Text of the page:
A media giant hopes to capitalize on the proliferation of sports betting in America, in the wake of the Supreme Court reversal of a federal law. After the Professional and Amateur Sports Protection Act (PASPA) was overturned, the race was on for states to legislate sports betting into existence. Since then, there have been new locations popping up everywhere, and the online and mobile angle has been added to make it even more convenient for customers.
is Murdoch Really Entering The U.S. Sports Betting Market with FOX Bet?
Mainstream media, which for the most part has avoided the sports betting discussion or handled it badly because of lack of expertise, is now diving in, as they seek to attract the attention of the casual bettor. And now Fox Corp has taken the boldest move yet. The Rupert Murdoch-owned organization, which is a rights-holder for NFL games, is launching FOX Bet, which will enable customers to place wagers through a phone app, while providing content as well. It represents a very comprehensive push to exploit the Fox brand to cash in on an activity that had heretofore been “taboo” to the major sports league. Morality matters less when there is money to be made, one supposes.
The Stars Group
Actually, in this venture Murdoch’s company is less involved in the actual bookmaking business than it is in the business of lending its “brand” name to an enterprise that can appeal to a new and growing market. They have enlisted a company called The Stars Group (TSG) as a tech/gaming partner. They do own about 5% of TSG on the basis of a $236 million investment. And so this raises the question of whether if there are problems with the service – in terms of customers getting paid in a timely fashion, for example – how much could that conceivably damage the Fox brand?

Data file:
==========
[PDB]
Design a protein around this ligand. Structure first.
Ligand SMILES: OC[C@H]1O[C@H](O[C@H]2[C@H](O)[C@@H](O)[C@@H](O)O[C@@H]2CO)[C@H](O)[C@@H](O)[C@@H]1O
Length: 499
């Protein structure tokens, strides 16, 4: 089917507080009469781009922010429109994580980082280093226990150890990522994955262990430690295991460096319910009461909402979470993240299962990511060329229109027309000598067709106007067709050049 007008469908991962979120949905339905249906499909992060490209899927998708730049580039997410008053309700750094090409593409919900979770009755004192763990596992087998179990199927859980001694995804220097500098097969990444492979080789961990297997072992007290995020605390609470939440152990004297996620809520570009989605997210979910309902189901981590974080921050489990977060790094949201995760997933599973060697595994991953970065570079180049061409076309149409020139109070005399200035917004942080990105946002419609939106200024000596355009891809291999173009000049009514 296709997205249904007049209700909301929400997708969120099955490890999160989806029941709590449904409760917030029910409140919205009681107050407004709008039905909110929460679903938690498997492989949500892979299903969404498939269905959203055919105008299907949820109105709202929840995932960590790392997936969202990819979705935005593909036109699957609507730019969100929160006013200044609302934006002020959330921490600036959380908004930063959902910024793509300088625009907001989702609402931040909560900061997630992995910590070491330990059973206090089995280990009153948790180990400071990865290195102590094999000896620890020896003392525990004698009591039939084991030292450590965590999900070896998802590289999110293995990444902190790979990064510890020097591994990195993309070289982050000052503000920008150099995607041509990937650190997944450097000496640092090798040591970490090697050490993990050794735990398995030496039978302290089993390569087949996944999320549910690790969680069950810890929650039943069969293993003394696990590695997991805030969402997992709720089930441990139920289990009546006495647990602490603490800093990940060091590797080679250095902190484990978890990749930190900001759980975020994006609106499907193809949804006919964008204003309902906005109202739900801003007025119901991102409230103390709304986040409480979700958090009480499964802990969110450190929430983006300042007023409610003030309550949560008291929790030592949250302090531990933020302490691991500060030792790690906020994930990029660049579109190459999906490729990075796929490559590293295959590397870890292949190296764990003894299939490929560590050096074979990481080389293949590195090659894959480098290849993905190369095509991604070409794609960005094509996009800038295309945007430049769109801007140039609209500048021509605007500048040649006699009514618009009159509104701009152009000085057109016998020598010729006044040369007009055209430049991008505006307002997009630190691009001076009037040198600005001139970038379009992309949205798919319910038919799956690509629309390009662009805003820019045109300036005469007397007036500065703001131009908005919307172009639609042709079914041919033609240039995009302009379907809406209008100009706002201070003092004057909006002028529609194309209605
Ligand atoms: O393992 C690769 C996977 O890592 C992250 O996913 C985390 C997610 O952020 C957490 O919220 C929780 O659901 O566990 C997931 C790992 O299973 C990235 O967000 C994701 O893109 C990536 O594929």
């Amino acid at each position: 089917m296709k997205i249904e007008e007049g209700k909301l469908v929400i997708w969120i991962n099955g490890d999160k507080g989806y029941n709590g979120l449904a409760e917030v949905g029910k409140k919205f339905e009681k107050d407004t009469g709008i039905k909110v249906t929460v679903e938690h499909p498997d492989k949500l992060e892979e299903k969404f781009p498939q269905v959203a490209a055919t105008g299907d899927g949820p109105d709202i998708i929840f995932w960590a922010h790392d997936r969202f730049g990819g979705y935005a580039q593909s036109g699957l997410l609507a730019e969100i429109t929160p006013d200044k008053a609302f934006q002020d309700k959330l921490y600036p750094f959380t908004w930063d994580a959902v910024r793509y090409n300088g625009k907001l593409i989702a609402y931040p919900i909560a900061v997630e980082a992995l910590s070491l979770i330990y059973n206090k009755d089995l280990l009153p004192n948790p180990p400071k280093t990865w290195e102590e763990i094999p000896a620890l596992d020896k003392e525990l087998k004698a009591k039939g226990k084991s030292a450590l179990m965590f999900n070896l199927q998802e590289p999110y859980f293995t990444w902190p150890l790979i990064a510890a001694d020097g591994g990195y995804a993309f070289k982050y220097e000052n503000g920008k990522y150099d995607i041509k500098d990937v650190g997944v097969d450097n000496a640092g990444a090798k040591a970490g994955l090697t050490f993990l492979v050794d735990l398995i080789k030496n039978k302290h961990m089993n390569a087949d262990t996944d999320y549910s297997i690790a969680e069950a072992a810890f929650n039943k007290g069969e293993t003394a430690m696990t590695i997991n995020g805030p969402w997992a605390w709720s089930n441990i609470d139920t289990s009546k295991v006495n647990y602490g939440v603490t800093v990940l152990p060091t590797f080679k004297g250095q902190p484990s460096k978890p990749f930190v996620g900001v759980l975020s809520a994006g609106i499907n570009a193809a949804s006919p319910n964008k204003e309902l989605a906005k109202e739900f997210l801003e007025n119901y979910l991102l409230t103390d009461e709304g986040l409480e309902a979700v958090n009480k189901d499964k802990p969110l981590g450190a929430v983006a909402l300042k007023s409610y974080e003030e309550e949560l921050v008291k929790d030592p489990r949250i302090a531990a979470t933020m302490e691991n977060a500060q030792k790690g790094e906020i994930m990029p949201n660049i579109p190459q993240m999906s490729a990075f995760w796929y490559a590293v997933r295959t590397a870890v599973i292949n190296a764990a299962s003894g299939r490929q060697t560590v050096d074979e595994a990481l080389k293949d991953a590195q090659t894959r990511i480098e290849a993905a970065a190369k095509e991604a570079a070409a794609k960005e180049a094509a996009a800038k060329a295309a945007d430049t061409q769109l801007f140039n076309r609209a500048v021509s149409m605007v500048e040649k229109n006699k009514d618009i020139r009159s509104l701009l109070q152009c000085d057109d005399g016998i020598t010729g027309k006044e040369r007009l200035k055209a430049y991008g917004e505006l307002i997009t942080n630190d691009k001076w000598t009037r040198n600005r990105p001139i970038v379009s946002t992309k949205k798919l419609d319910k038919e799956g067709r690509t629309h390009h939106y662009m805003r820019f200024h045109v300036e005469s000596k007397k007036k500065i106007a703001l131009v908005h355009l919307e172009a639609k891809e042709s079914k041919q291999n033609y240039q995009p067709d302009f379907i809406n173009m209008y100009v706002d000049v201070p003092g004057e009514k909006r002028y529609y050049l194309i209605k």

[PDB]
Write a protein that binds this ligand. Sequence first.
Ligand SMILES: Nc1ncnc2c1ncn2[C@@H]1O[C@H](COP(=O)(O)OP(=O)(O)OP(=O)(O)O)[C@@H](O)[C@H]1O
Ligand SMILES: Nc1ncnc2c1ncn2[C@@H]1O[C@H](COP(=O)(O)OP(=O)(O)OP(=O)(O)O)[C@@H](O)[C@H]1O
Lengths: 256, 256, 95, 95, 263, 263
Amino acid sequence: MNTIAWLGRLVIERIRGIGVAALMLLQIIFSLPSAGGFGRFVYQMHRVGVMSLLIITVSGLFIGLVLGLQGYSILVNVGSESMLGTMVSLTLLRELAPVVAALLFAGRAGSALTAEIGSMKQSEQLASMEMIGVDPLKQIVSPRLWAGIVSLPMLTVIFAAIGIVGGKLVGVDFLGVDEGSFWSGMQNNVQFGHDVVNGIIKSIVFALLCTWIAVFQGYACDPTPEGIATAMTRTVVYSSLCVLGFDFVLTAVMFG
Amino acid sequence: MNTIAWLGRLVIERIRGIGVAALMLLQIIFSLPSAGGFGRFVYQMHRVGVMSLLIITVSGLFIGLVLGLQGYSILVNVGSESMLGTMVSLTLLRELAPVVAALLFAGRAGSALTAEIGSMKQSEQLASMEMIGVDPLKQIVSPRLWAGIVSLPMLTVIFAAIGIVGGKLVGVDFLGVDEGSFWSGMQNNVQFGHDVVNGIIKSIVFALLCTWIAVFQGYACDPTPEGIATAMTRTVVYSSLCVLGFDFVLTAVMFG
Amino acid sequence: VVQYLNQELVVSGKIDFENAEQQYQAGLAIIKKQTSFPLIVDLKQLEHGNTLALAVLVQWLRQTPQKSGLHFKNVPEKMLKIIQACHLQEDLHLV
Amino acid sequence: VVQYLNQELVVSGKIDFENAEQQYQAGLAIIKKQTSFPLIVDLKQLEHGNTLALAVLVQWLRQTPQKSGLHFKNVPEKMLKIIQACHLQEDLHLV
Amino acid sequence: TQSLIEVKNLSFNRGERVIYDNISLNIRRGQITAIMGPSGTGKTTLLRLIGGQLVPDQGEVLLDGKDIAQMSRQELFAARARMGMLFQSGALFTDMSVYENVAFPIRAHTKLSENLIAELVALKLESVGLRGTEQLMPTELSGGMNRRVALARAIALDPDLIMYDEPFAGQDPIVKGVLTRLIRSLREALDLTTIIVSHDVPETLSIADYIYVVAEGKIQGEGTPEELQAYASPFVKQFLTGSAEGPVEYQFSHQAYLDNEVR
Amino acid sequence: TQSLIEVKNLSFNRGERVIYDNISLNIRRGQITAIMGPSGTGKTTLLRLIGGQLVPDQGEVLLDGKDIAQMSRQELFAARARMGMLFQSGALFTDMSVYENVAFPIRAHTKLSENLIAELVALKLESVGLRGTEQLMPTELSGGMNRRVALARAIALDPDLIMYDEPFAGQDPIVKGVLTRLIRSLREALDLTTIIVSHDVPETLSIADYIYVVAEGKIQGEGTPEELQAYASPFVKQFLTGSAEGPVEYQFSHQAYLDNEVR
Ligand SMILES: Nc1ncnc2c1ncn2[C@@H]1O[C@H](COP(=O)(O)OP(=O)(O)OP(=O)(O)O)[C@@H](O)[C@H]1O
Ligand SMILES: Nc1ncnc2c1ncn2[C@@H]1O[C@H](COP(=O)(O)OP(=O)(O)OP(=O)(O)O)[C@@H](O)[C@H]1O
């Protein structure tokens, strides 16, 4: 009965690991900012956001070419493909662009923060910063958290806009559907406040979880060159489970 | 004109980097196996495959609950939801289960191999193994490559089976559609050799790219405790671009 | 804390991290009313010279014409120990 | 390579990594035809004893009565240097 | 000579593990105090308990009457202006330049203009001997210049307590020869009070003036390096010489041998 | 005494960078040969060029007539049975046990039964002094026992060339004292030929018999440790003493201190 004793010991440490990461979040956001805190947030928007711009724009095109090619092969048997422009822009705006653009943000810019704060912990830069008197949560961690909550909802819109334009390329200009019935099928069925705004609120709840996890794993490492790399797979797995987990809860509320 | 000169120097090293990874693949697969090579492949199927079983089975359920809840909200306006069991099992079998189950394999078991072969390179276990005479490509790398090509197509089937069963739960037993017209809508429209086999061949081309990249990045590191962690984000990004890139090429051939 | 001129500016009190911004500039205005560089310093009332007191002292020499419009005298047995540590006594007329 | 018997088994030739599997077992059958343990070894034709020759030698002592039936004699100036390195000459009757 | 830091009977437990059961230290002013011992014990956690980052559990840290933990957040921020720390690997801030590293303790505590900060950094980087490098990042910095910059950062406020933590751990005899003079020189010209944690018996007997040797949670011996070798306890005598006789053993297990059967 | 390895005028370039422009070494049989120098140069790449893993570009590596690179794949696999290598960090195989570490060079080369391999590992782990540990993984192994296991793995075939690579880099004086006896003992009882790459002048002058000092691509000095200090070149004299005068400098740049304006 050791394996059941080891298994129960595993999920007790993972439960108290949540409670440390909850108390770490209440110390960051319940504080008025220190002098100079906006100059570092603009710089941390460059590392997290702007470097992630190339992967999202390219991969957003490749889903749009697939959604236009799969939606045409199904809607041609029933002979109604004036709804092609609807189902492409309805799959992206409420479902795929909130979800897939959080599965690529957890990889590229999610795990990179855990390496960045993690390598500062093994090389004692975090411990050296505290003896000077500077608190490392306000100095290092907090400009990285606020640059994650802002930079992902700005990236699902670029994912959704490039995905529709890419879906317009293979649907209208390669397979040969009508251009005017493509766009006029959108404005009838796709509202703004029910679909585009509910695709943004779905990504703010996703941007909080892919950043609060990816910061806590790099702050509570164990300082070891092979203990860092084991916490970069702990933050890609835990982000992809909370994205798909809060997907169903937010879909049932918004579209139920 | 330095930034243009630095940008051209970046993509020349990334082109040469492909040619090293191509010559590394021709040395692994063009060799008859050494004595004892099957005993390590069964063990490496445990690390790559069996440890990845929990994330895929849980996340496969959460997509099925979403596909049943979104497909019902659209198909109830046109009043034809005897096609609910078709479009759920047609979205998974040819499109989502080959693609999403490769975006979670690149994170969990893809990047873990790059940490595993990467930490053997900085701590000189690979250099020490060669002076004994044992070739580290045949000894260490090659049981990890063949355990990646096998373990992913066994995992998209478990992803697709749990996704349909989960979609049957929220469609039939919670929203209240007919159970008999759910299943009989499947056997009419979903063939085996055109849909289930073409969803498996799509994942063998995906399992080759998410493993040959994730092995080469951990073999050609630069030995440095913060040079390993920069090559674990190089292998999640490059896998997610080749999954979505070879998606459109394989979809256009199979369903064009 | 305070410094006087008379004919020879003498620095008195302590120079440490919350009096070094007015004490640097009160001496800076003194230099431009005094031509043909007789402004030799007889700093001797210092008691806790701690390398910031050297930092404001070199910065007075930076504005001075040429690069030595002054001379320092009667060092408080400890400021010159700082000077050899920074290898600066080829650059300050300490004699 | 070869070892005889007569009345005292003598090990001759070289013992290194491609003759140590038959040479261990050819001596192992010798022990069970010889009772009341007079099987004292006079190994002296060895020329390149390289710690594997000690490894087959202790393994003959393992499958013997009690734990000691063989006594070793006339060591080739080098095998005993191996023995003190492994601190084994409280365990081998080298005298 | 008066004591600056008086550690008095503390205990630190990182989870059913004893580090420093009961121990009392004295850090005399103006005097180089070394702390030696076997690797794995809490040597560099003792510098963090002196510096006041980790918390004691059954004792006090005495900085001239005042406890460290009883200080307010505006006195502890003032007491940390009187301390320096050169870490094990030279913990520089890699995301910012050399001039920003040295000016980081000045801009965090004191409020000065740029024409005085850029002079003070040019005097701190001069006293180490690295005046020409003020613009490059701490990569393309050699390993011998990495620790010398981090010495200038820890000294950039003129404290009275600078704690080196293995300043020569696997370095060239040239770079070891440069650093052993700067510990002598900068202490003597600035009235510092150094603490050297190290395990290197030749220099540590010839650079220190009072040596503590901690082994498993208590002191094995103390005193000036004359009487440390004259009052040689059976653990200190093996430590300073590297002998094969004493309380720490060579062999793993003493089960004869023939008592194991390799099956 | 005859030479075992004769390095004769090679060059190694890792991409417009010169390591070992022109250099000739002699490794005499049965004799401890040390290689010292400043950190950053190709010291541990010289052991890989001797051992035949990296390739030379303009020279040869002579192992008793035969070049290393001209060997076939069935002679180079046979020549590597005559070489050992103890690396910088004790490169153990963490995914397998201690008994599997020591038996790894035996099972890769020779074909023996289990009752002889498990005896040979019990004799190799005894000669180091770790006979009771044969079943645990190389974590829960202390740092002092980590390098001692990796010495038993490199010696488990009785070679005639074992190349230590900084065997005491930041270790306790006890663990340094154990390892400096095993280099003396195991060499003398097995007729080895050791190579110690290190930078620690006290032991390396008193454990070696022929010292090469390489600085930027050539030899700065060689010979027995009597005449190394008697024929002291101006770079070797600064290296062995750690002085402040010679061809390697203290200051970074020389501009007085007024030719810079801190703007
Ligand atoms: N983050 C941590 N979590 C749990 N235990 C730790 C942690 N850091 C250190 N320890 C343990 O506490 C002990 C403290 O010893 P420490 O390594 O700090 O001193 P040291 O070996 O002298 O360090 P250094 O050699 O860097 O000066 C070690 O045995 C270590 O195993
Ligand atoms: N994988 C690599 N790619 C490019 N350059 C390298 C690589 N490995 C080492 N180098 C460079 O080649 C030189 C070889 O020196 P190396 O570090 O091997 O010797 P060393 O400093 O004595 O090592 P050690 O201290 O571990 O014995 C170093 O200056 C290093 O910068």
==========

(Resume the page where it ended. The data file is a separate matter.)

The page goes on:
While Fox may be entering a whole new sphere, Murdoch has initiated a couple of ventures like this overseas. When he had Sky TV, he developed Sky Bet, which took advantage of his media presence. And it was successful (Comcast now owns Sky). But Sun Bets, which was established in association with his newspaper, The Sun, along with Australia-based Tabcorp Holdings, didn’t work out so well, and was closed down last year.
For Casual Sports Bettors?
The real value in this for Fox may not be so much in making a killing off the casual sports bettor, but instead in being able to engage fans and keep them involved. They will, in fact, be utilizing some of their on-air personalities, like Colin Cowherd and Nick Wright, for their insights in the way of “Bet Boosts,” and there will be basic videos explaining the various wagers. It is an approach specifically aimed at the recreational bettor. And Fox Sports, on a separate basis, will be offering a game with sports wagering as its basis, that will be free for the public to play.
FOX Bet has already launched on the Apple IOS and Android platform for customers in the state of New Jersey, and is currently in the midst of a “soft launch” for residents of Pennsylvania, which also permits online and mobile sports betting.
Murdoch Enters U.S. Sports Betting Market with FOX Bet
A media giant hopes to capitalize on the proliferation of sports betting in America, in the wake of the Supreme Court reversal of a federal law.
After the Professional and Amateur Sports Protection Act (PASPA) was overturned